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Bi-Lo Charity Classic - "Blue Ridge Getaway" Platter Project

 

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The "Blue Ridge Getaway" Platter was commissioned by Bi-Lo Charities as the VIP gift for the 2010 Bi-Lo Charity Classic.

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he Bi-Lo Charity Golf Classic is the largest single day charity golf tournament in the United States. The monies raised are distributed throughout our area, to many of our charitable organizations, such as Meals on Wheels. In February of 2010, I was honored to be selected by Bi-Lo Charities to create their corporate sponsor gift for this year’s event, the "Blue Ridge Getaway".

I was commissioned to make 400 platters, each with a Blue Ridge Mountain theme. These were presented to the executives from many of our national and international food and beverage corporations, as a thank you for their sponsorship of this Charity Fundraising Tourney.

I was very grateful that Bi-Lo had decided to go the Handmade route, as it honors the many talented and skilled artisans and the handmade tradition that is still thriving throughout the Blue Ridge. Because of the tight time constraint, I called several of my "clay" friends, and due to their dedication and teamwork, we were able to complete this challenging commission with a day or two to spare!

Many thanks to: Sue Grier (Leicester, NC), Chris Troy (Seneca, SC), Sam Davis (Knoxville, TN), Anne Bishop (Pendleton, SC) Andrew Massey (Anderson, SC)… all skilled clay workers in their own right.

Raku and U-do-Raku

 

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This iguana was created using the Raku style.

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t Rob Gentry Pottery, we respect the ancient techniques, as well as variations on them. We also want to share those techniques with others to introduce them to the wonderful experience of molding something from clay to become a beautiful, unique piece of art.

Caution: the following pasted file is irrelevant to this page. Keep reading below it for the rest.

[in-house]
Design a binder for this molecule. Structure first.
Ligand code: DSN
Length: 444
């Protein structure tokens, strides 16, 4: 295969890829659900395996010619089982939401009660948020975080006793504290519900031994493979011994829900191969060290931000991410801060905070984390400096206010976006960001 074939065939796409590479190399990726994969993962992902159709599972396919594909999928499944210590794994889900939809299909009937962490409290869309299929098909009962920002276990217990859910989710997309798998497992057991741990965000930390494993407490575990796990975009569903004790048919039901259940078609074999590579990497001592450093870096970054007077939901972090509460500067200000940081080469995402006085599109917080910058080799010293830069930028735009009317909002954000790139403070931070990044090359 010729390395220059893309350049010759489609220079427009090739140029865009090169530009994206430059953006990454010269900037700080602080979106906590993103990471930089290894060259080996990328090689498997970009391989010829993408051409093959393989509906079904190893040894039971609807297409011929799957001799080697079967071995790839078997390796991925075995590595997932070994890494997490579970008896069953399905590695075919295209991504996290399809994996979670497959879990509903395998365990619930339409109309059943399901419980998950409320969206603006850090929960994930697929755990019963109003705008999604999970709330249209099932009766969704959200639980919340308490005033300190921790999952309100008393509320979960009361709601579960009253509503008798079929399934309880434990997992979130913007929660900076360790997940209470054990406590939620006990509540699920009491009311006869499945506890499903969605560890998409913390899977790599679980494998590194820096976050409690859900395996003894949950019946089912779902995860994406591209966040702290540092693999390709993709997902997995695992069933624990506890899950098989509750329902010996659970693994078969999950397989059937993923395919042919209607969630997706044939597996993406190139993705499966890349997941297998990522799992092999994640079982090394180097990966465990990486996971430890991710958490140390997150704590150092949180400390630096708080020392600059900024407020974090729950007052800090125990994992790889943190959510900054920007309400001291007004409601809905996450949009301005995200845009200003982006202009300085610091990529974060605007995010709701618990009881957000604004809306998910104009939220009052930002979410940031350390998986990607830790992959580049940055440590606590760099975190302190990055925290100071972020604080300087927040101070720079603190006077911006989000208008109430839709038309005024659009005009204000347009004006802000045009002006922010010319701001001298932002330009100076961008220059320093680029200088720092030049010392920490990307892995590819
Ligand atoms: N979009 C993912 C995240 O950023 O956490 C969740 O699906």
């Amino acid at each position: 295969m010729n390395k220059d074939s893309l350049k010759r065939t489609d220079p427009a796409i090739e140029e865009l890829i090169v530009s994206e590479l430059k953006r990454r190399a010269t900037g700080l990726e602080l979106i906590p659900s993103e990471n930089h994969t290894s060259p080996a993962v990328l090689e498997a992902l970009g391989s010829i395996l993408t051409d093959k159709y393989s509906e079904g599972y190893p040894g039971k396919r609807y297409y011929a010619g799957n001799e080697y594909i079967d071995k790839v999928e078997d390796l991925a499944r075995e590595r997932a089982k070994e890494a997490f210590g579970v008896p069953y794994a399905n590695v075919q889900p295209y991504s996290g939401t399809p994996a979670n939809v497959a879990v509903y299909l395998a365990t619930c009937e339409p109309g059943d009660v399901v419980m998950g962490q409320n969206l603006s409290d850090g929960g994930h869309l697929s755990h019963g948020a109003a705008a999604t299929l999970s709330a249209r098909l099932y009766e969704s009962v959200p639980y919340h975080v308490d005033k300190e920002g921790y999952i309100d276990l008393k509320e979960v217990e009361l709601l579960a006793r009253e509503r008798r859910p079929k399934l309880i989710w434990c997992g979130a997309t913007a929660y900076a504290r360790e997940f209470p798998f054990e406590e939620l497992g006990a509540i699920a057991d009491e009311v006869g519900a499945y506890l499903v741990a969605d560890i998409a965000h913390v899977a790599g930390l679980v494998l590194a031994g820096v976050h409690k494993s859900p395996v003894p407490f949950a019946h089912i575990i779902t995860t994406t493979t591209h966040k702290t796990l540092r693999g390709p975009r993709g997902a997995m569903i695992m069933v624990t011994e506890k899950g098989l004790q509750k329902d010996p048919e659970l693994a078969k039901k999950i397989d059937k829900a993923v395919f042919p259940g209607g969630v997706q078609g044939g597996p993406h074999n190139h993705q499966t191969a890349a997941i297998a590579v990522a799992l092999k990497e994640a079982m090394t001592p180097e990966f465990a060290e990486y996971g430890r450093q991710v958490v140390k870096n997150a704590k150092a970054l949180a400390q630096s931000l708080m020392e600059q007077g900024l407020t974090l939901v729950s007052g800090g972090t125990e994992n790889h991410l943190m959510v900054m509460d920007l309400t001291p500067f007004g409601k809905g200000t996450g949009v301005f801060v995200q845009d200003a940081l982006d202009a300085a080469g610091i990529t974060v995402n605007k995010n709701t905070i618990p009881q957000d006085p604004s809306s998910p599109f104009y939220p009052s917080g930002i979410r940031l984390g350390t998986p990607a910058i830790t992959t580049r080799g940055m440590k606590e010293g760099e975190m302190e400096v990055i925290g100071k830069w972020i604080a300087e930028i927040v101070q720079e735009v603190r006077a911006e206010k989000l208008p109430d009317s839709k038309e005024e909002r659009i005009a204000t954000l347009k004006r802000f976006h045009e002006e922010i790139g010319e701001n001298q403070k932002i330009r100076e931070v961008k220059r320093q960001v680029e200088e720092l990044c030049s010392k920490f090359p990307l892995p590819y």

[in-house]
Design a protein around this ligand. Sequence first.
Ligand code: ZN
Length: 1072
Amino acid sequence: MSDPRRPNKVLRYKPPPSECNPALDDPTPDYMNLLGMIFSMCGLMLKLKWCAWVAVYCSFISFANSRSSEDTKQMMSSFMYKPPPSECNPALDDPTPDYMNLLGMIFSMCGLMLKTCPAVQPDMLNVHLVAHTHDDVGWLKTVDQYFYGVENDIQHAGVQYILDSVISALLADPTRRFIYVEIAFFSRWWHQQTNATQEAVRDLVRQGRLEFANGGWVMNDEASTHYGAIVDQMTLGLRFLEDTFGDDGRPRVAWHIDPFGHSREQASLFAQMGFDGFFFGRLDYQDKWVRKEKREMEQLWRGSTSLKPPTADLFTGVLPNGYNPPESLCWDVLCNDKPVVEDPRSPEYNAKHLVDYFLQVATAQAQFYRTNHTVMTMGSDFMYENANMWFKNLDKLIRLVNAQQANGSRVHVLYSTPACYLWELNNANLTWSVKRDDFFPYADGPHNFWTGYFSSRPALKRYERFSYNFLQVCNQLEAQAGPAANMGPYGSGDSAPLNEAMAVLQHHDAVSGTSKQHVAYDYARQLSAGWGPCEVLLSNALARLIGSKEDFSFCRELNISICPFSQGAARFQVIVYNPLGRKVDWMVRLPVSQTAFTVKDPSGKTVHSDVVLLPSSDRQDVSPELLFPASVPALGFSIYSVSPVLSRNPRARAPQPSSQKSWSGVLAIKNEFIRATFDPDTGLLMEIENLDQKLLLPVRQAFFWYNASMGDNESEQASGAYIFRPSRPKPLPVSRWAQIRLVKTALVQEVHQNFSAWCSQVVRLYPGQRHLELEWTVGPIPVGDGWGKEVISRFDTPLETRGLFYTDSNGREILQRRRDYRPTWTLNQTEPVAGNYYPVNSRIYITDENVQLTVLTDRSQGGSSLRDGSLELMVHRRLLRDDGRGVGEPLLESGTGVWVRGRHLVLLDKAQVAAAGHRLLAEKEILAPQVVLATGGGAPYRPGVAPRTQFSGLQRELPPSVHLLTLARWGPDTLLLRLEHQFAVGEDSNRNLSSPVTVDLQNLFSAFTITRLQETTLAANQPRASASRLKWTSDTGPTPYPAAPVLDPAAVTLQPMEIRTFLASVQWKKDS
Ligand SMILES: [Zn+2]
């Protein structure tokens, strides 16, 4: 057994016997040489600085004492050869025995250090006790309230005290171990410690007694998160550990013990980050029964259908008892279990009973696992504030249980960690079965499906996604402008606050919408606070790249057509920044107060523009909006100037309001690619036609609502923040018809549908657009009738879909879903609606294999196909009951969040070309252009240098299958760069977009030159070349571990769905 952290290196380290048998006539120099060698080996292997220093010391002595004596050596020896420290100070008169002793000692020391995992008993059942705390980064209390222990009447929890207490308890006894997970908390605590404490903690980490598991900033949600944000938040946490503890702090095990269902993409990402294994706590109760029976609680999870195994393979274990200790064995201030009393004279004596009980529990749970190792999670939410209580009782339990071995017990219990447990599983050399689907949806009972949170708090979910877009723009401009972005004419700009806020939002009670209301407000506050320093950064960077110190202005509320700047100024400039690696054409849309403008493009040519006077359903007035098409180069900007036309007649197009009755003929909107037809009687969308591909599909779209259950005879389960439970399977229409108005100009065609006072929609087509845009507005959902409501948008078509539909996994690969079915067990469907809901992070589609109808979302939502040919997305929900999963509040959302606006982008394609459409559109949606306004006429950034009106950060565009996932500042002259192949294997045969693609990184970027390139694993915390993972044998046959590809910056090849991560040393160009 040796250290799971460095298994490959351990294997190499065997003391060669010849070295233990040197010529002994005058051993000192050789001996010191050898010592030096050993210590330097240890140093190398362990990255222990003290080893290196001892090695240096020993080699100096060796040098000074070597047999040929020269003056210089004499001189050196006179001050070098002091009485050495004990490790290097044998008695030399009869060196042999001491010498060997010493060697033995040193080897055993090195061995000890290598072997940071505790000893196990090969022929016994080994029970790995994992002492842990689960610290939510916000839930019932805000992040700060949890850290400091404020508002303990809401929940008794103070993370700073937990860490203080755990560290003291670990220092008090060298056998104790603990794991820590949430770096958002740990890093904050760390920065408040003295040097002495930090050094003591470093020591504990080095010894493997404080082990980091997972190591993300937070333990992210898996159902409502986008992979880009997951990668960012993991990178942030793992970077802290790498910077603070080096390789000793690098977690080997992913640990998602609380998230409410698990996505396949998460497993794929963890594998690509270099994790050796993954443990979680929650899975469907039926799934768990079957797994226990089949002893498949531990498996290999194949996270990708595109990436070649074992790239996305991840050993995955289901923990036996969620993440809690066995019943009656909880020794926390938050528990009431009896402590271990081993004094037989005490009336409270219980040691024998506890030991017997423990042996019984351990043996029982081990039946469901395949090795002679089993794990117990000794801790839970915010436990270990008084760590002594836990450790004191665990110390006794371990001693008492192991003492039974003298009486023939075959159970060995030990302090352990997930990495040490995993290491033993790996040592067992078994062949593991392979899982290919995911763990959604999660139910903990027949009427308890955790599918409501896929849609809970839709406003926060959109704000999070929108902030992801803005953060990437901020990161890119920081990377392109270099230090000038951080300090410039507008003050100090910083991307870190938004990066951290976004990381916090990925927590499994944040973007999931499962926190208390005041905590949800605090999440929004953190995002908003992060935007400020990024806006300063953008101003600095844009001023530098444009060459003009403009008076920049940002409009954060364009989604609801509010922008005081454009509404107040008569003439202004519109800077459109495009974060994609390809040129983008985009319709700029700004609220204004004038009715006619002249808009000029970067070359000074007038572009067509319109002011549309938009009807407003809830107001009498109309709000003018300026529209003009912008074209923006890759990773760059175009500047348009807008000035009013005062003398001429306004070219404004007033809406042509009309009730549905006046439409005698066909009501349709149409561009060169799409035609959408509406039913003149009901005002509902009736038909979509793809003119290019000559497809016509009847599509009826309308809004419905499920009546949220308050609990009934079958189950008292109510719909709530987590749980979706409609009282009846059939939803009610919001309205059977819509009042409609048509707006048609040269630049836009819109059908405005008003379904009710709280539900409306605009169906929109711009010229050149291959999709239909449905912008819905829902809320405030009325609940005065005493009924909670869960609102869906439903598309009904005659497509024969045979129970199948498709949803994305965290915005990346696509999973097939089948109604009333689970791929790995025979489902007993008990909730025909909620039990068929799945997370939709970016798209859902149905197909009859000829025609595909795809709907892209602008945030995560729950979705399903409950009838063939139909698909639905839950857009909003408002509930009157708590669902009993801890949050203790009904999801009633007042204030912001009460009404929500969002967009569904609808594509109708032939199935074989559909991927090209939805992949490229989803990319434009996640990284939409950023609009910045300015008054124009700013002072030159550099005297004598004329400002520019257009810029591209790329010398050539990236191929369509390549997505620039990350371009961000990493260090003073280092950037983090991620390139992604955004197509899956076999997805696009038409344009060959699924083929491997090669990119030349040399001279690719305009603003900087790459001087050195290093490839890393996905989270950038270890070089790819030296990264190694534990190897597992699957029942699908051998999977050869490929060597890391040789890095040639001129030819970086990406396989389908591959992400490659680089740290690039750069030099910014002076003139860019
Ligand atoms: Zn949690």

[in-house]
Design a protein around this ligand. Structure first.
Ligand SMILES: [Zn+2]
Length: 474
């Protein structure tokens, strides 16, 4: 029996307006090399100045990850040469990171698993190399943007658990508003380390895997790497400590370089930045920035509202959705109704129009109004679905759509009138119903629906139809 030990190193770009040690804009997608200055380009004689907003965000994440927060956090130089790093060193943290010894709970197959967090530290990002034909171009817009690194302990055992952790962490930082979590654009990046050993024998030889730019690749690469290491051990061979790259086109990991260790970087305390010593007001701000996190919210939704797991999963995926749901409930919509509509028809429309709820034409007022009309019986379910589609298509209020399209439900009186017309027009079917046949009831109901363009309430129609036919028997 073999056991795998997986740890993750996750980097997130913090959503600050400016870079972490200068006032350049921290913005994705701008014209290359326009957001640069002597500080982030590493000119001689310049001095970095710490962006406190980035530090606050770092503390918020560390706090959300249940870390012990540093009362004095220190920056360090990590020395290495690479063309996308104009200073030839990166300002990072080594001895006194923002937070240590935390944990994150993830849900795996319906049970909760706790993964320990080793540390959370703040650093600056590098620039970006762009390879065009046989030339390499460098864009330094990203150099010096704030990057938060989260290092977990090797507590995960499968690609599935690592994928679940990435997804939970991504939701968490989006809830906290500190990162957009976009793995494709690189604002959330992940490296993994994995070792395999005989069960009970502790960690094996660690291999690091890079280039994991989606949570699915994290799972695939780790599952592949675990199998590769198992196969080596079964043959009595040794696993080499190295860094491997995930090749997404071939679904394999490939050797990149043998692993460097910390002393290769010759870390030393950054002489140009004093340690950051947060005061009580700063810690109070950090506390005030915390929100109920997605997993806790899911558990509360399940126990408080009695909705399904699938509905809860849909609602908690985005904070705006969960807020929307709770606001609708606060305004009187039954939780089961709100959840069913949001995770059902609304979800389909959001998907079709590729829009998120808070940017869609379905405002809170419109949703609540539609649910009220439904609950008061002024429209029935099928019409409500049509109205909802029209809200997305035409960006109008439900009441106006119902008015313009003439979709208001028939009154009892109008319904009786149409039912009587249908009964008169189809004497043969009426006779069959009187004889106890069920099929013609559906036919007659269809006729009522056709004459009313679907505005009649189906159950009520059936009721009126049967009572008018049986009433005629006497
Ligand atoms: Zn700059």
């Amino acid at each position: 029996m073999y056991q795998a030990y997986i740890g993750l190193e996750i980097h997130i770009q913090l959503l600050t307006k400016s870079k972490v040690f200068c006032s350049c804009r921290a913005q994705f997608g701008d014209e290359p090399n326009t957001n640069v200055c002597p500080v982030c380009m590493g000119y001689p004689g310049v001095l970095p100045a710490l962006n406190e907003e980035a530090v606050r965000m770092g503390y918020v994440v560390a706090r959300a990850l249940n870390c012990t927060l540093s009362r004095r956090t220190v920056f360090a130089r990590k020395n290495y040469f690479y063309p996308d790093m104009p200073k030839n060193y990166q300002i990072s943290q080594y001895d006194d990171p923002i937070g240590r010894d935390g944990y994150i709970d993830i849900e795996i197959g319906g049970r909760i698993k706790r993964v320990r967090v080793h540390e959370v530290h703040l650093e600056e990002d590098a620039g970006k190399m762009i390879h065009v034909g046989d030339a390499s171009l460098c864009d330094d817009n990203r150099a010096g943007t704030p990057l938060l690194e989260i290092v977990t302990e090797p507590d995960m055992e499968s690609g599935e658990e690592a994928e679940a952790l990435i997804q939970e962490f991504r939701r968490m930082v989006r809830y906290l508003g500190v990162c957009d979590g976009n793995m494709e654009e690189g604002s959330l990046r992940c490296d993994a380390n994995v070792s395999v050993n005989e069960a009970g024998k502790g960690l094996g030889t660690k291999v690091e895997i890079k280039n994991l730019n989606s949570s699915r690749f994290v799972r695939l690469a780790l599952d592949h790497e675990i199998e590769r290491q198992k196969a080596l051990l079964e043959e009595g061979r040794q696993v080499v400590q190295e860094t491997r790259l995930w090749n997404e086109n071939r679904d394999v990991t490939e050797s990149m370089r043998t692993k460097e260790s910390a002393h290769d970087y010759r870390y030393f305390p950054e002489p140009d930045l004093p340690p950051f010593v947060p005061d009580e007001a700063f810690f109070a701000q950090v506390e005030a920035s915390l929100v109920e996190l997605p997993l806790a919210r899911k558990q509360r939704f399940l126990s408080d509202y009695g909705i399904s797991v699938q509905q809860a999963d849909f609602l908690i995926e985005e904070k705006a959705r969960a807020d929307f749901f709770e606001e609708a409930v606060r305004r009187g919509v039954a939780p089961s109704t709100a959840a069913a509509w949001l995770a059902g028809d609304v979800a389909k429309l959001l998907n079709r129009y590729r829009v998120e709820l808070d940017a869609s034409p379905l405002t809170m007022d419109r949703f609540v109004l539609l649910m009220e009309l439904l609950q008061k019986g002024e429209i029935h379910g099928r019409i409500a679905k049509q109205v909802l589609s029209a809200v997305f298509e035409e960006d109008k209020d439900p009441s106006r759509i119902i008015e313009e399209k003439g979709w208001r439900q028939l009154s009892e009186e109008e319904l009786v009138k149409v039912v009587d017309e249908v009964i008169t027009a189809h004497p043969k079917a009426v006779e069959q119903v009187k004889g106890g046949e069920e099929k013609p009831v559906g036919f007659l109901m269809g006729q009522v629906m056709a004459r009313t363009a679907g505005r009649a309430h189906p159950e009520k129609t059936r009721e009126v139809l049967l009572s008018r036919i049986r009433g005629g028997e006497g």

Raku   - A firing process, named after a family of Japanese potters in the 16th century, who produced simple yet elegant cups that became associated with the Zen Buddhist tea ceremony.
This is a relatively low temperature firing that can be done in an hour or so.  The glowing red hot pots with molten glazes are removed from a ~1800 degree kiln, using long tongs and heavy gloves.  They are then sealed in a large can filled with sawdust, straw, or other flammable material.  After being smoked in the can for about 10 minutes, the pieces are removed and quenched in water.  They are then scrubbed to remove any soot and smoke residues. Dramatic, exciting, and very beautiful!

U-do-Raku   -a hands on experience that I run during the cooler months.  I provide a selection of small pots available for purchase.   I then show you how to glaze and prepare the piece for the kiln. The pieces are then raku fired and your new masterpiece is ready to take home within a couple of hours.  Lots of fire, lots of excitement, lots of wonder!  Bring a picnic and hang out at the Pottery.  This is a great small group event for family reunions, parties, and team building.

Something exciting is happening out in the Clemson woods!

 

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hanks to the hard work of Clemson Professor Mike Vatalaro we now have the only anagama kiln located in the state of South Carolina.  Anagamas are a traditional Japanese styled kiln, usually tunnel shaped, in fact the word anagama means tunnel.  Reaching temperatures close to 2400 degrees, this 28 foot long kiln is fueled by wood and may fire for as long as 30 hours.

When the word goes out that its time to load and fire, clay workers from all over the area start assembling. Teams of people take turns "kiln sitting" - stoking the firebox around the clock, as the temperature slowly climbs.  During its final hours of firing, the stoking may happen every 2-3 minutes as huge waves of flames carry wood ash throughout the kiln, depositing it on the pots and mixing it with the molten glazes.  The results can be spectacular, and are always unpredictable and totally unique. The "Vatagama" is located out near the Clemson airport and community firings take place twice a year.

The Potter's Lifestyle...

"Seeking the Beauty of the visual Poetry - the Rhythms - the Music - the Dance. The cooperation between materials and time - discipline and surprise."

Rob Gentry - 2010